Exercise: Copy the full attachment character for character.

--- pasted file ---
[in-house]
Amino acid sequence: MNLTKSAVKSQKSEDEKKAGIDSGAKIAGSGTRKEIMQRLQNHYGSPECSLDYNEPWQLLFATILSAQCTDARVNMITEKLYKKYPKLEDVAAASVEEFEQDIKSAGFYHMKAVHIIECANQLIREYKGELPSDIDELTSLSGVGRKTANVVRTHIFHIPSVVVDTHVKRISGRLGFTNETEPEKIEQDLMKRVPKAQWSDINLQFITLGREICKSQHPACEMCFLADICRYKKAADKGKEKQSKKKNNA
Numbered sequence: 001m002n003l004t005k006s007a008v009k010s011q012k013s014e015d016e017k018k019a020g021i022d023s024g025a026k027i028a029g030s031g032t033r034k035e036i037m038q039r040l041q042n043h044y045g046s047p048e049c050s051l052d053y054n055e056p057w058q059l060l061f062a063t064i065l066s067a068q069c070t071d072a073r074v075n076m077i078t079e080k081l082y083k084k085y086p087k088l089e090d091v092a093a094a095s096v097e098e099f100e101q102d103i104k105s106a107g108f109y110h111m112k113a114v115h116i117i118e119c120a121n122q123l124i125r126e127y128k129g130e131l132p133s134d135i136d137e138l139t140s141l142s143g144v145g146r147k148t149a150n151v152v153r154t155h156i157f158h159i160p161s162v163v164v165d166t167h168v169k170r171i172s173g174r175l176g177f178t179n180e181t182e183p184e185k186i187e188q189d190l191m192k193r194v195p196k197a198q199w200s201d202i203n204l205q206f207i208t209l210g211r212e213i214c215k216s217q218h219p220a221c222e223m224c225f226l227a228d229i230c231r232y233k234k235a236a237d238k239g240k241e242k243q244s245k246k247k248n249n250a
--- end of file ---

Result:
[in-house]
Amino acid sequence: MNLTKSAVKSQKSEDEKKAGIDSGAKIAGSGTRKEIMQRLQNHYGSPECSLDYNEPWQLLFATILSAQCTDARVNMITEKLYKKYPKLEDVAAASVEEFEQDIKSAGFYHMKAVHIIECANQLIREYKGELPSDIDELTSLSGVGRKTANVVRTHIFHIPSVVVDTHVKRISGRLGFTNETEPEKIEQDLMKRVPKAQWSDINLQFITLGREICKSQHPACEMCFLADICRYKKAADKGKEKQSKKKNNA
Numbered sequence: 001m002n003l004t005k006s007a008v009k010s011q012k013s014e015d016e017k018k019a020g021i022d023s024g025a026k027i028a029g030s031g032t033r034k035e036i037m038q039r040l041q042n043h044y045g046s047p048e049c050s051l052d053y054n055e056p057w058q059l060l061f062a063t064i065l066s067a068q069c070t071d072a073r074v075n076m077i078t079e080k081l082y083k084k085y086p087k088l089e090d091v092a093a094a095s096v097e098e099f100e101q102d103i104k105s106a107g108f109y110h111m112k113a114v115h116i117i118e119c120a121n122q123l124i125r126e127y128k129g130e131l132p133s134d135i136d137e138l139t140s141l142s143g144v145g146r147k148t149a150n151v152v153r154t155h156i157f158h159i160p161s162v163v164v165d166t167h168v169k170r171i172s173g174r175l176g177f178t179n180e181t182e183p184e185k186i187e188q189d190l191m192k193r194v195p196k197a198q199w200s201d202i203n204l205q206f207i208t209l210g211r212e213i214c215k216s217q218h219p220a221c222e223m224c225f226l227a228d229i230c231r232y233k234k235a236a237d238k239g240k241e242k243q244s245k246k247k248n249n250a